These take many forms – the causewayed enclosures of the early Neolithic, distinguished by one or more irregular circuits of ditch interrupted by numerous gaps or causeways; or the cursus monuments of the middle centuries of the Neolithic – long, narrow monuments, rectangular in shape and defined by bank and external ditch. These are generally over 100 metres in length but several are measurable in kilometres.
During the third millennium BC, a type of enclosure known to archaeologists as a ‘henge’ began to appear all over the British Isles. The most basic definition of a henge is a circular or near-circular enclosure defined by a ditch with external bank. They generally had either a single entrance or a pair of opposed entrances.
As with most archaeological monuments, there is a great deal of variety, which underlines the fact there is likely to be no simple explanation for their form and functions. Some sites identified as henges have more than two entrances; some are empty of internal features while others originally held one or more arrangements of timber or standing stones; some featured an internal bank – Stonehenge, for example; while some of the largest and best-known henges stretch the definition of ‘circular’ to its limits.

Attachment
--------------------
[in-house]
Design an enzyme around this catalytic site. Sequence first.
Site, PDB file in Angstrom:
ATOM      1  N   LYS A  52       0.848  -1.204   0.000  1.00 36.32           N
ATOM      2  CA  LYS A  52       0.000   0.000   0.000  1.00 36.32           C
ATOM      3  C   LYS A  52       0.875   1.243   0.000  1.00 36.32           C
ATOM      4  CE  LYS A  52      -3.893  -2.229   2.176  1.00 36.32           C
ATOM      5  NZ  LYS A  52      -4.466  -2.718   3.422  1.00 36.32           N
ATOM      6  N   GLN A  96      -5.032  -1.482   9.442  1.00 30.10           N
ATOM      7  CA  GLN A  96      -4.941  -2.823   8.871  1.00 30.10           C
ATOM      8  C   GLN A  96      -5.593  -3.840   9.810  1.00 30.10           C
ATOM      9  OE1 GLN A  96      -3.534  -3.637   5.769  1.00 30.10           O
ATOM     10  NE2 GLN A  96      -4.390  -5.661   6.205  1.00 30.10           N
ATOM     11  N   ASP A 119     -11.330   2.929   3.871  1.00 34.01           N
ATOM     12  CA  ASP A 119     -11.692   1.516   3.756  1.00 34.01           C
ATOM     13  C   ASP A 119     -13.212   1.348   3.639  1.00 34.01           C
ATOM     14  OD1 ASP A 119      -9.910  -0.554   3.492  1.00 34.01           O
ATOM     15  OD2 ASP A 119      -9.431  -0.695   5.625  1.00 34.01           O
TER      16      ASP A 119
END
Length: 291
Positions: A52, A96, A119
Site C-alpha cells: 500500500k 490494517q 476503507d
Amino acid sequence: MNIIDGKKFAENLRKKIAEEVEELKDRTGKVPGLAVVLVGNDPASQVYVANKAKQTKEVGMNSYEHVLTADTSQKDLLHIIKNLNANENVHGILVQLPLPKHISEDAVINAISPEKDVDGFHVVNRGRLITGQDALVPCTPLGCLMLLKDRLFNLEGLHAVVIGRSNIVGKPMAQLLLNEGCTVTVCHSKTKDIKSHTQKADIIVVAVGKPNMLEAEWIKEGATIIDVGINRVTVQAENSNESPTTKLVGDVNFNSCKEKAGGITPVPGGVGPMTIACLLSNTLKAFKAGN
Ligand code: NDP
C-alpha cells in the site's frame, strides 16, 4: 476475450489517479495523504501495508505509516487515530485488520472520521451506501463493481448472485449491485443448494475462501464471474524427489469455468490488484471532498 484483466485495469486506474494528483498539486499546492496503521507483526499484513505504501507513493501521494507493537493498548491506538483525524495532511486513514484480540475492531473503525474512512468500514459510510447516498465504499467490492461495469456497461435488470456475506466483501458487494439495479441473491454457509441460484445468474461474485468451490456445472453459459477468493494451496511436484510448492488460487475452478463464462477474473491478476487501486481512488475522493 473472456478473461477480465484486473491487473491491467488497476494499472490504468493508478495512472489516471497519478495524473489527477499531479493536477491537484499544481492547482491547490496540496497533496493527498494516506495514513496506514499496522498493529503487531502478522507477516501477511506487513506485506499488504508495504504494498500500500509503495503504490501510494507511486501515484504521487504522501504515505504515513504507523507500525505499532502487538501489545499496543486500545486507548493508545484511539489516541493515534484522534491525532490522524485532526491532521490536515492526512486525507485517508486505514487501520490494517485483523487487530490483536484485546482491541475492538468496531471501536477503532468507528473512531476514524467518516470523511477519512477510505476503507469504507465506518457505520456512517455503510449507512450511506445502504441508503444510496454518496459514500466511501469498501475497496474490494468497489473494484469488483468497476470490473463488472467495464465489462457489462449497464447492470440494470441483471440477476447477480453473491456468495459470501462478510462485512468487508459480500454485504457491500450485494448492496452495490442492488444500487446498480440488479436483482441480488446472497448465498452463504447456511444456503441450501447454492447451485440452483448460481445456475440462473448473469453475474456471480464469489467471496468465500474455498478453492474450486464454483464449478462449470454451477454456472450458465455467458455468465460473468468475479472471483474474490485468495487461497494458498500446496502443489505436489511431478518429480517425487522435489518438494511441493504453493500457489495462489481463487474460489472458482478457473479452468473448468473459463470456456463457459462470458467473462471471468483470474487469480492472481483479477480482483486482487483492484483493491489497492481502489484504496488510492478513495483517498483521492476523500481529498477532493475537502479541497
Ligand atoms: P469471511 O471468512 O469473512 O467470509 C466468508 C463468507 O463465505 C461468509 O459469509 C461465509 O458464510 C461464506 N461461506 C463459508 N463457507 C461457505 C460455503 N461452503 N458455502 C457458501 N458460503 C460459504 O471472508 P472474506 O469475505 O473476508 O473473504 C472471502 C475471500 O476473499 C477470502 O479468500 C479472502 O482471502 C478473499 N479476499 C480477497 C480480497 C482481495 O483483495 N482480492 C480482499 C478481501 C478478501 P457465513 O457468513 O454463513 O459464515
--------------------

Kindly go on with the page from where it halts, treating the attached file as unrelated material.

Perhaps the one thing common to all of them is that they were likely to have been venues for ceremonies, ritual and gatherings. They were not places that were lived in, although many people may have been present at times. They were not places for burial, although human remains and sometimes complete individuals may have been interred there.
Henges and related forms of enclosure were mainly constructed and used from around 3000 BC down to around 2000 BC, but continued to act as a focus for later monuments, including clusters of round barrows.
The Damerham Project
- Project Outline
- The Damerham Site
- Site Timeline
- Dampney Long Barrow
- Pegasus Barrow
- The Circular Enclosures
- The Burial Mounds
- Further Reading
- The Flying Archaeologist